- Any non-party organisation who plans to spend more than £20,000 in England or £10,000 in the rest of the UK on regulated campaign activity in the run up to elections must be registered with the Electoral Commission.
- There are five types of regulated campaign activities which include spending money on: election material, canvassing and market research, public rallies and events, press conferences and media events and campaign transport.
- As a result of the recent snap election, the Electoral Commission has announced that the regulated period came into force retrospectively and started in June 2016
At a Glance:
For the purposes of the snap election held on 8 June 2017, non-party organisations should have calculated their total amount of spending, if any, on regulated campaign activity since 9 June 2016 (a twelve month period). If spending exceeded £20,000 in England or £10,000 in the rest of the UK, that non-party organisation should have registered with the Electoral Commission.
As a result of a number of high-profile corporate lobbying scandals, the Lobbying Act was passed in 2014 however, since then, the Act’s remit appears to have been slightly more far reaching than first thought and charities have found themselves having to register with the Electoral Commission as a result of significant amounts of money spent on campaigning.
Since 2000, under the Political Parties, Elections and Referendums Act 2000, as soon as an election is announced, certain rules apply regulating the spending of campaigners that are not political parties (as this could potentially influence voters’ decisions and the outcome of an election). Feeling the biggest hit here is of course charities as they are not political parties but often campaign for legislative or policy change.
If a charity (or other non-party organisations) plans to spend more than £20,000 in England or £10,000 in the rest of the UK on regulated campaign activity in the run up to elections (known as the ‘regulated period’), it must be registered with the Electoral Commission.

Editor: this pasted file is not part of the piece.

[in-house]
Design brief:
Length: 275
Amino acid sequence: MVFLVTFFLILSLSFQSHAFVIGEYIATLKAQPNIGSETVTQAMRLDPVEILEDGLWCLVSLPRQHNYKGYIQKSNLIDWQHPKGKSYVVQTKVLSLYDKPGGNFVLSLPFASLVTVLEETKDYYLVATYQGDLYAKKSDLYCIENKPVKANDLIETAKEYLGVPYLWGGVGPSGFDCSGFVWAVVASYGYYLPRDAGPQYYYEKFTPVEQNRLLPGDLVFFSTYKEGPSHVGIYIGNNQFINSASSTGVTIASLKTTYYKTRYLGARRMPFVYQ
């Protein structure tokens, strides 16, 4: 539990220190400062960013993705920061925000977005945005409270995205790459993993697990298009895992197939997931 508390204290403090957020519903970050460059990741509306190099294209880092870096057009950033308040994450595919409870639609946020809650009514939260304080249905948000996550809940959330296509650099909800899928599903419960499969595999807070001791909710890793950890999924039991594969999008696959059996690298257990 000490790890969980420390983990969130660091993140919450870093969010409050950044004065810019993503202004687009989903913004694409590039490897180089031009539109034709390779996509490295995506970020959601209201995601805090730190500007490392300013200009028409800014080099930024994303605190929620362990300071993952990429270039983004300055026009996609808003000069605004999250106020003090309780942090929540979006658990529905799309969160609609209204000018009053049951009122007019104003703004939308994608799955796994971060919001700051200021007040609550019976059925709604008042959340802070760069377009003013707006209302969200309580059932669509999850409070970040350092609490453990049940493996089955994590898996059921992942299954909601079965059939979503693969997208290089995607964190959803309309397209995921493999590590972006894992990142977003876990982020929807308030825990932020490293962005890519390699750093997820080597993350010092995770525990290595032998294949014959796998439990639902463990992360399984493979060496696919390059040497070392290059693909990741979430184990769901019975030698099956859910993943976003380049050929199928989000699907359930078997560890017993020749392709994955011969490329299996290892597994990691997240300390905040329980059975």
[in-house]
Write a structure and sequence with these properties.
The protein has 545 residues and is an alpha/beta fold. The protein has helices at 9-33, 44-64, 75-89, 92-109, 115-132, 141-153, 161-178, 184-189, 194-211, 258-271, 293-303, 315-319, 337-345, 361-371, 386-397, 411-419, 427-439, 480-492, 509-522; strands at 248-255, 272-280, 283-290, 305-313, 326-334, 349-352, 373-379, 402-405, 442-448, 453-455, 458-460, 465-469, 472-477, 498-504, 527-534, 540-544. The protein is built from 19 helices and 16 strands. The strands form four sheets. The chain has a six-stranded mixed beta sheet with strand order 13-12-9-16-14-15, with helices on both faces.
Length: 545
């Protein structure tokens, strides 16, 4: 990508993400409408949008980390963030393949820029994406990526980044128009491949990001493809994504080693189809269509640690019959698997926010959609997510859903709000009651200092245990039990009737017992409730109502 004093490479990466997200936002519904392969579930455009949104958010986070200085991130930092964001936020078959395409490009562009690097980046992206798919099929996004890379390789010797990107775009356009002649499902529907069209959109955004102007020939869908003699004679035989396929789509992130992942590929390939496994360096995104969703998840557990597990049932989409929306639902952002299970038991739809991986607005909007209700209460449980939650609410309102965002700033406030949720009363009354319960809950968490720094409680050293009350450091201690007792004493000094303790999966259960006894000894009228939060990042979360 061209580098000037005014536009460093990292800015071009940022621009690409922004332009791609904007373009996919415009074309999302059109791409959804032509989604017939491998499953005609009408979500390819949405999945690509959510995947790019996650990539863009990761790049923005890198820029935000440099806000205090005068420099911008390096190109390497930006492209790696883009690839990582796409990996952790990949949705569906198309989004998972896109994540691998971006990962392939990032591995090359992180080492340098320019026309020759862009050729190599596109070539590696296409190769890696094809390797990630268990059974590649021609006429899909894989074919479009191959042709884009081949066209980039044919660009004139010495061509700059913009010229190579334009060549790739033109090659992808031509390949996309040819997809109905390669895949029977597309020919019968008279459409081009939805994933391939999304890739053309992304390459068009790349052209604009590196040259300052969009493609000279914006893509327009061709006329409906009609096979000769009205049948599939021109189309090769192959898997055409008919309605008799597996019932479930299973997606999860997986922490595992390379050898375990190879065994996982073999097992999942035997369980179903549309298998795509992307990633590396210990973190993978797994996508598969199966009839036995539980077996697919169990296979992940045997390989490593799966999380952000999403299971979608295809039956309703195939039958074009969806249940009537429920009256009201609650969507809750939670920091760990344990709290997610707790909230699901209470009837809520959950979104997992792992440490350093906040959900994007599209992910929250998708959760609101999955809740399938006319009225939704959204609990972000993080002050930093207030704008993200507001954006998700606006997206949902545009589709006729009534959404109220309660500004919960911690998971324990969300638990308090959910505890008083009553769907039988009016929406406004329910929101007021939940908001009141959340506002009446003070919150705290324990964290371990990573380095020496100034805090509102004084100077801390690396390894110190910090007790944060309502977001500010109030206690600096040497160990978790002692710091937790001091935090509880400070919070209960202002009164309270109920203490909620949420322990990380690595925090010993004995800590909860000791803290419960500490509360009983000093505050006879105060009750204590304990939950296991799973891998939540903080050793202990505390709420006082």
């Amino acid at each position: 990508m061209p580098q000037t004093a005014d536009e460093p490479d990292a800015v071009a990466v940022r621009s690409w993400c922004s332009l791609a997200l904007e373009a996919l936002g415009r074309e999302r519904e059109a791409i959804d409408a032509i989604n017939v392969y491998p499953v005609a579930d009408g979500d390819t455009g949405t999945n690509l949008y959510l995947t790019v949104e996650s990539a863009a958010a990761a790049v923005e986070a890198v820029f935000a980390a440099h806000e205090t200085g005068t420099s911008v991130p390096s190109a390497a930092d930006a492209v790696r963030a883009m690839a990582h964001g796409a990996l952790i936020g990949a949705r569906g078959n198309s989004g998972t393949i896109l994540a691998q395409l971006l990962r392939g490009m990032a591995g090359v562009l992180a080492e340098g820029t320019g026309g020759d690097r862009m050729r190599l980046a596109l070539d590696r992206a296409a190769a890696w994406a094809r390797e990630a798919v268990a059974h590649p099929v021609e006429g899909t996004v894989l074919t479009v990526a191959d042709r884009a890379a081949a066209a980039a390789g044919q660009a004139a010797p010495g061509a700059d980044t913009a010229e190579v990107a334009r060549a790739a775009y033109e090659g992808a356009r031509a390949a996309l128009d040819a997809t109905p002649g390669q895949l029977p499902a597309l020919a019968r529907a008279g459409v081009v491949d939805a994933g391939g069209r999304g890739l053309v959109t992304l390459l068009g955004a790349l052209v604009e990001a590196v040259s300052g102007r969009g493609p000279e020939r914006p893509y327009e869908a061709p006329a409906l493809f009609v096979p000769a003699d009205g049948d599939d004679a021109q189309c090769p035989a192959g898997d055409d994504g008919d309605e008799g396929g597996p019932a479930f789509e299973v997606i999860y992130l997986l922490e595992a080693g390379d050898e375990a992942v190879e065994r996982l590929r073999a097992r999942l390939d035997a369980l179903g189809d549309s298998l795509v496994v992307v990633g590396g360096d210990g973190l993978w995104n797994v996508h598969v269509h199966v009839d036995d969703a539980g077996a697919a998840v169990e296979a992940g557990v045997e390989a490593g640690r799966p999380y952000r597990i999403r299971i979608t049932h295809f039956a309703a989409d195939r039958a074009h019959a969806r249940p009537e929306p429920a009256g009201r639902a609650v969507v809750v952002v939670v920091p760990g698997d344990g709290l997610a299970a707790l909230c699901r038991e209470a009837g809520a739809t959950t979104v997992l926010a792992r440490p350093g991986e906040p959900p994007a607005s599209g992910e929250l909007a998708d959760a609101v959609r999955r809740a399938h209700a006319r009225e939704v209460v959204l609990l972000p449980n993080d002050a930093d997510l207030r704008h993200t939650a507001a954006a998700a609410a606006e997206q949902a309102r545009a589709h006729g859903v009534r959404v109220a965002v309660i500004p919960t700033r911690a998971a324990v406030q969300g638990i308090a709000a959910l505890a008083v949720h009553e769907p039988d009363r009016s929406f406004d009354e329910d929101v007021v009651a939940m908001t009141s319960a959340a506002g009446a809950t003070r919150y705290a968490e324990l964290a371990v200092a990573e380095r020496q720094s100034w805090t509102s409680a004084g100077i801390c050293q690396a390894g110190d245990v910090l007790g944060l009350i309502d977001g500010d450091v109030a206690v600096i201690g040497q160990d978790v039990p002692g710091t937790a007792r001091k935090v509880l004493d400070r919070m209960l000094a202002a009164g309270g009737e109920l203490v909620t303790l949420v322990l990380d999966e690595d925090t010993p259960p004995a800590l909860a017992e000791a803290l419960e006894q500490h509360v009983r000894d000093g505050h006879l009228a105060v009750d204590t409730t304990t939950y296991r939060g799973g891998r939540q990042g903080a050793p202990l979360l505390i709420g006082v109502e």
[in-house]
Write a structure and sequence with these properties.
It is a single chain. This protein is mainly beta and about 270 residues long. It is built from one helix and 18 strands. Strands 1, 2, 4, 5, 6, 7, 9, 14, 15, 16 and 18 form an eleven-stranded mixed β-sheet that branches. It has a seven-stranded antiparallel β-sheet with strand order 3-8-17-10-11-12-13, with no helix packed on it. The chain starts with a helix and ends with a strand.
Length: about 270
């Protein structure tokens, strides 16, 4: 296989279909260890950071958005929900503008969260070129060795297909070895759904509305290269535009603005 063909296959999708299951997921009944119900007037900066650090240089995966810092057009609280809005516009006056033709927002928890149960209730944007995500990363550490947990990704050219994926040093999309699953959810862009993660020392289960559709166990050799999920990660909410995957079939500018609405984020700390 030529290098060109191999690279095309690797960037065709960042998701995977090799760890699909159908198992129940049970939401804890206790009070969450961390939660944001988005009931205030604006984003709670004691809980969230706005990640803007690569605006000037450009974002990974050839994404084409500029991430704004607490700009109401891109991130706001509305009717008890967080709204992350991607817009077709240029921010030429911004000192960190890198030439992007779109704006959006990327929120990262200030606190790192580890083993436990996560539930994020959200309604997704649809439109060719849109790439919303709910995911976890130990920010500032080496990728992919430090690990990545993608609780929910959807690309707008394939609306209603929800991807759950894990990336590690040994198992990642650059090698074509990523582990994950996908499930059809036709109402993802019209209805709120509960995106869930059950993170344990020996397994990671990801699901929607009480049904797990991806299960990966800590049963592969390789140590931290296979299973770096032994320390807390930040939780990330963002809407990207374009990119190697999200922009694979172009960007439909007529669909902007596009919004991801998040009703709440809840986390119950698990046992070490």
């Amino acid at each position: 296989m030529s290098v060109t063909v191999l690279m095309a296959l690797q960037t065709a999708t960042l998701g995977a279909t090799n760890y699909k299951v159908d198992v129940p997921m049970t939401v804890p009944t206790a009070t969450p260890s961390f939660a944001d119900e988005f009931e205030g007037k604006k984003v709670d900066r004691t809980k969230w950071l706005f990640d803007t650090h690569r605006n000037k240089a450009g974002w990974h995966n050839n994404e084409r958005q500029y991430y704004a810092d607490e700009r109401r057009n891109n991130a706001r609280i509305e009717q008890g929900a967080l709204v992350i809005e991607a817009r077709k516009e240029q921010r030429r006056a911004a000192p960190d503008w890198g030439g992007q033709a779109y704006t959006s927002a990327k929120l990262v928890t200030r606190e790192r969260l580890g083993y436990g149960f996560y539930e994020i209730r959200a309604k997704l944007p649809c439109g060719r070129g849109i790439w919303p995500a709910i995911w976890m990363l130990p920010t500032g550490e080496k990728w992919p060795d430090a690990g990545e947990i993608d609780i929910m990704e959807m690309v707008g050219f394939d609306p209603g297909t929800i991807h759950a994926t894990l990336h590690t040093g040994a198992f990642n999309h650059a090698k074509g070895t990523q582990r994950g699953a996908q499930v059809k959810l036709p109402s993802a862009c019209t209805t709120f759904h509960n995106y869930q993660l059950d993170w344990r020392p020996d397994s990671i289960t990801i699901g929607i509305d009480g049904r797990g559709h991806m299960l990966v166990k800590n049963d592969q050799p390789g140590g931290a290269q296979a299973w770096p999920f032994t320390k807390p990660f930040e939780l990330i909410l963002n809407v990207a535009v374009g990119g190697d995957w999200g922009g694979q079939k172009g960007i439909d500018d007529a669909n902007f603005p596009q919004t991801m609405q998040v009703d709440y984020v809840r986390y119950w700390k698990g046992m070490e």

Following the recent snap election last month, the Electoral Commission has announced that the regulated period came into force retrospectively and started in June 2016. As a snap election may be called at any time there is no fixed start or end date to the regulated period which would seemingly place charities in a rather precarious position.
- John Sauven, Greenpeace UK’s executive director, said the decision would have a huge impact on charities’ activities, commenting on the regulated period he said “It’s as if the Lobbying Act and its spending cap were now permanently in force, every day of every year.” which, according to Sophie Neuburg, a campaigner for environmental charity Friends of the Earth is likely to mean that huge amounts of staff will be diverted into making sure their work complies with the Lobbying Act.
Despite references to the Lobbying Act’s ‘gagging’ effect it is important to note exactly what the campaigning rules say rather than to only rely upon information communicated through the prism of the media.
- In terms of what will constitute relevant spending (for the purpose of calculating whether or not the campaigning exceeds the given amount), the money must be used on:
- Not all campaigning is relevant and it does not include forms of campaigning such as lobbying ministers for changes to government policy;
- Any individual or organisation is entitled to campaign at a general election however, if spending exceeds a certain amount, such non-party campaigners must register with the Charities Commission;
- campaigning activities that could be reasonably regarded as intended to influence people to vote for or against particular political parties, or for any particular category of candidates;
- campaigning activities that are public facing.
If you’re concerned about the implications of the recent snap election and you represent a charity or voluntary organisation which has spent money on regulated activity prior to the announcement of the election, which now falls within the regulated period, you should determine whether that spending is close to, or already in excess of, the threshold for registering with the Electoral Commission.
Our specialist charity team at Mackrell Turner Garrett advises on many aspects of charity law including compliance with legislation. If you would like further information in connection with this article or you w